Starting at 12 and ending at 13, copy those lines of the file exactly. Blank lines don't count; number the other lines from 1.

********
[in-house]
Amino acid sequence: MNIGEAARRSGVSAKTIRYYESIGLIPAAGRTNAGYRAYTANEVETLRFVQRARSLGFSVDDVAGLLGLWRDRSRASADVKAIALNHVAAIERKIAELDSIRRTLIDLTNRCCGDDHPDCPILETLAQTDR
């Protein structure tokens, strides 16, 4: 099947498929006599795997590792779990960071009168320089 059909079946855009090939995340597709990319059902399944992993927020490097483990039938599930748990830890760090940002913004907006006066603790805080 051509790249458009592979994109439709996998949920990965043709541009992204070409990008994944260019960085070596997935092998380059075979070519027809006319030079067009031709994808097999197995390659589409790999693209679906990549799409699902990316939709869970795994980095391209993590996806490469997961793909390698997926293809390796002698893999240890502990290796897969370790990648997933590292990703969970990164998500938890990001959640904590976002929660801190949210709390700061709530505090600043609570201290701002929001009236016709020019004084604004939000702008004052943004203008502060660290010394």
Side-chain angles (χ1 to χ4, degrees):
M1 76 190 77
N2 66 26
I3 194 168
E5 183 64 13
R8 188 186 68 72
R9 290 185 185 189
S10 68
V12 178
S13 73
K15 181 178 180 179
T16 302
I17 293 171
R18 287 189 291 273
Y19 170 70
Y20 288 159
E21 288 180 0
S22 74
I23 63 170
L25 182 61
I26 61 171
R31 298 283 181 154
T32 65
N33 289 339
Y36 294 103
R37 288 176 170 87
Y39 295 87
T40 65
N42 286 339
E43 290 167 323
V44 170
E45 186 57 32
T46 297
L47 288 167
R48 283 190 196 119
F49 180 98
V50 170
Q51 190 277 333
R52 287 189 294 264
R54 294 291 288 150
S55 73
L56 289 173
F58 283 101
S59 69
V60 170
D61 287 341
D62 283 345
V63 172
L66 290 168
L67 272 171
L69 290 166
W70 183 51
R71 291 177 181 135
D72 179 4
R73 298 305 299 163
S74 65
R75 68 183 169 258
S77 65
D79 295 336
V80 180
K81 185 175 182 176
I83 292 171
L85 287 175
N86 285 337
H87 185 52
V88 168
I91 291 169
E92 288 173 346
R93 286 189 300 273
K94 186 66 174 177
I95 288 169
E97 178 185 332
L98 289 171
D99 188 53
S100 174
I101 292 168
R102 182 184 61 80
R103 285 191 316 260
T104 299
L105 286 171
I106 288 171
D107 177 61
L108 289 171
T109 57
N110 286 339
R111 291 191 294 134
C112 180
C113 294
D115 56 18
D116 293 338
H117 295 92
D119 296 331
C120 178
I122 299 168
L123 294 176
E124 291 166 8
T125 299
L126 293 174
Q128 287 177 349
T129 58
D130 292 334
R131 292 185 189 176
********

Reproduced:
V12 178
S13 73